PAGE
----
int Foo(int value){
int r=0; //I know i can just return in the switch to do what i want, but this is suppose to be an example.
switch(Value; break){ //think of w/e is after the ; as a goto at the bottom of each case, so with this one statement, i append a break to every single case, this could be used for anything, but break is just a common example.
case 0: r=1;
case 1(): r=2;//appending a () before the : and after the value overrides what the switch statement's conditional does, allowing you to maintain fallthrough, with little overhead.
case 2: r=r+2;
default: r=100;
}
return r;
}

int main(int argc, char **argv){
Foo(0) //R = 1
Foo(1) //R = 4
Foo(2) //R = 2
Foo(3) //R = 100
return 0;
}

any thoughts on this, is their a more elegant design that i'm missing, or are my thoughts on this just crazy/stupid?

and yes, their is plenty of room for discussion on why one would design code that essentially boils down to an if/else if/else code block, and i suspect that this discussion might fall into that, but we'll see what people's thoughts on this is.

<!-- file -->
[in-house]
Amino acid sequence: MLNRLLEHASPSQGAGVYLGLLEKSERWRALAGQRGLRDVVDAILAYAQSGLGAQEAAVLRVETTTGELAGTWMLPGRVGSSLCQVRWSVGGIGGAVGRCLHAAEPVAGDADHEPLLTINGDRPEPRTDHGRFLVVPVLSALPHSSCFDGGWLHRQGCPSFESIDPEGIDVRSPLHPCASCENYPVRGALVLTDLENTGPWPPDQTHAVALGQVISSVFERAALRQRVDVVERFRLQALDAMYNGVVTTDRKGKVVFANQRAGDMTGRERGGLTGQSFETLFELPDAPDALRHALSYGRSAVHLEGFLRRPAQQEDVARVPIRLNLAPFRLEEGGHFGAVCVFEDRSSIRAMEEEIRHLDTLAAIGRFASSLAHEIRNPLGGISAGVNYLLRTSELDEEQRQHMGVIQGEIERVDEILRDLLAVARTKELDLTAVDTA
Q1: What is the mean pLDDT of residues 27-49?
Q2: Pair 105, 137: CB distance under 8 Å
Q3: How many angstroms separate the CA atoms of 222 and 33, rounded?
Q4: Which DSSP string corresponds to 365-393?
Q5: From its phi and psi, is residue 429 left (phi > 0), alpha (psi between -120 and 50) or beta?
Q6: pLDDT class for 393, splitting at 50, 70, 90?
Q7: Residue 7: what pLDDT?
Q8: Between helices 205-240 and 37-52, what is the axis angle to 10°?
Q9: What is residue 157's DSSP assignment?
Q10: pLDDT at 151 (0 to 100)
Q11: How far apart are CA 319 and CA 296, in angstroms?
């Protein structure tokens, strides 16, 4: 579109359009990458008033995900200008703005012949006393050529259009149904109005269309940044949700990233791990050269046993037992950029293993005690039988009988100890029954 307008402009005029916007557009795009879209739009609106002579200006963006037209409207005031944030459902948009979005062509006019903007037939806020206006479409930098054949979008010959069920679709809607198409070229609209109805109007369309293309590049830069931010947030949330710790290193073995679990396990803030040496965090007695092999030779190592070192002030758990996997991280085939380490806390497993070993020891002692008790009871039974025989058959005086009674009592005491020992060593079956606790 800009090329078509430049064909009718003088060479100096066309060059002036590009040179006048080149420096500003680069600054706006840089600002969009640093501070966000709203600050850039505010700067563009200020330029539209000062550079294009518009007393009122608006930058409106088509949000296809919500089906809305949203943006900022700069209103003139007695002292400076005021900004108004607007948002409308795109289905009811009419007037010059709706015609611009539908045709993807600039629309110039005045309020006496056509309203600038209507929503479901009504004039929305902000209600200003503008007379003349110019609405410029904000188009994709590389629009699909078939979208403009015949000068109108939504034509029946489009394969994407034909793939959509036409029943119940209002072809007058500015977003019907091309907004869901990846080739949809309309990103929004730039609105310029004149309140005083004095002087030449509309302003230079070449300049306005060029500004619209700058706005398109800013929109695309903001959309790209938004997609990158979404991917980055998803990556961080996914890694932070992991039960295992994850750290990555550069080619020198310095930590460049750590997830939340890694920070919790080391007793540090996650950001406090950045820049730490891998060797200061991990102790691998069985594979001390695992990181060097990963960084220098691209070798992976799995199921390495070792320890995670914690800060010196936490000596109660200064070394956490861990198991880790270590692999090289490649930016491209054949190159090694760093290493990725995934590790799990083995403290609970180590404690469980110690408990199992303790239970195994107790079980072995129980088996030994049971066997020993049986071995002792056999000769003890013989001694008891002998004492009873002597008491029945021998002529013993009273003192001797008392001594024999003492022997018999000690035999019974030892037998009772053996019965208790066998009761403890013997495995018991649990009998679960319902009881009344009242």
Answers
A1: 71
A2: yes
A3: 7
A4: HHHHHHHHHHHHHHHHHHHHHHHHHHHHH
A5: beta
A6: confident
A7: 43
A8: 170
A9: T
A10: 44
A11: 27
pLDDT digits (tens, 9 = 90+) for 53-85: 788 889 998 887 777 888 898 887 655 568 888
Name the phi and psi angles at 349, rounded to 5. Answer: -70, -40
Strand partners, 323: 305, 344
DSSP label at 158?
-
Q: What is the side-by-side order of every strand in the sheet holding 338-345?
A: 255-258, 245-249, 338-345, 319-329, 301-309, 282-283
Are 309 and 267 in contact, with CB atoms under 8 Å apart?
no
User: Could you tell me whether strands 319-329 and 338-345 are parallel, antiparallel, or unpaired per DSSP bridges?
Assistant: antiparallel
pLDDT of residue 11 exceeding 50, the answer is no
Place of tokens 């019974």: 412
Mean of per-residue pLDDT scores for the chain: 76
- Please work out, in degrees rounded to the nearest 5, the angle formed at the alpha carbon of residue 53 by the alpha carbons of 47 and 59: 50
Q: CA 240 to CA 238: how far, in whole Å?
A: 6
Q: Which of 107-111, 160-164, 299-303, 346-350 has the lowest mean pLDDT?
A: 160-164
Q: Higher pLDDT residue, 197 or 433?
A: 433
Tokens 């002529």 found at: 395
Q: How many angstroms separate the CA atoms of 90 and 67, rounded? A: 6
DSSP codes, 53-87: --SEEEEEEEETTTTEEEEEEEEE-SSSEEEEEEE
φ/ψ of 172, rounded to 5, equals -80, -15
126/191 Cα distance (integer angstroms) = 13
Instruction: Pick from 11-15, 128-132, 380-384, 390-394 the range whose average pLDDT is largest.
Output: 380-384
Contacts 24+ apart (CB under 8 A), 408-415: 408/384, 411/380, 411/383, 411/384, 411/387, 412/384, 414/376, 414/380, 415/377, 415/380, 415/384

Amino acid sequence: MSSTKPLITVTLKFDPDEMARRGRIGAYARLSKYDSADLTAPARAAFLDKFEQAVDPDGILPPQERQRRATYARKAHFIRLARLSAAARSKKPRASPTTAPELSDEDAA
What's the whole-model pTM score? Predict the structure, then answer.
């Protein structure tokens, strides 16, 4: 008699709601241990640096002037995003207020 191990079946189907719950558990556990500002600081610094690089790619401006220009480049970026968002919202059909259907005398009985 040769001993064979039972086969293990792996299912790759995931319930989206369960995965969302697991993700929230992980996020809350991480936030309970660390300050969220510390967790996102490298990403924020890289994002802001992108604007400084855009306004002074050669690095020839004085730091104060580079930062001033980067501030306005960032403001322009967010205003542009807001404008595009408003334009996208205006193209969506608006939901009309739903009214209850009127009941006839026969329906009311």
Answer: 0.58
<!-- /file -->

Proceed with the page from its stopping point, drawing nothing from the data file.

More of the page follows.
#1slicer4ever

Posted 25 December 2012 - 01:16 PM

so, i was thinking of switch's the other night, and one of the annoyances i find with switchs is that in many cases, i simply use an if/else if/else statement's when all the switch wants to do is break out after each case, and only potentially use w/e the compiler optimizations switchs with. so i was thinking of a potential design solution for this, and came up with this:

int Foo(int value){
int r=0; //I know i can just return in the switch to do what i want, but this is suppose to be an example.
switch(Value; break){ //think of w/e is after the ; as a goto at the bottom of each case, so with this one statement, i append a break to every single case, this could be used for anything, but break is just a common example.
case 0: r=1;
case 1(): r=2;//appending a () before the : and after the value overrides what the switch statement's conditional does, allowing you to maintain fallthrough, with little overhead.
case 2: r=r+2;
default: r=100;
}
return r;
}

int main(int argc, char **argv){
Foo(0) //R = 1
Foo(1) //R = 4
Foo(2) //R = 2
Foo(3) //R = 100
return 0;
}

any thoughts on this, is their a more elegant design that i'm missing, or are my thoughts on this just crazy/stupid?

yes, their is plenty of room for discussion on why one would design code that essentially boils down to an if/else if/else code block, and i suspect that this discussion might fall into that, but we'll see what people's thoughts on this is.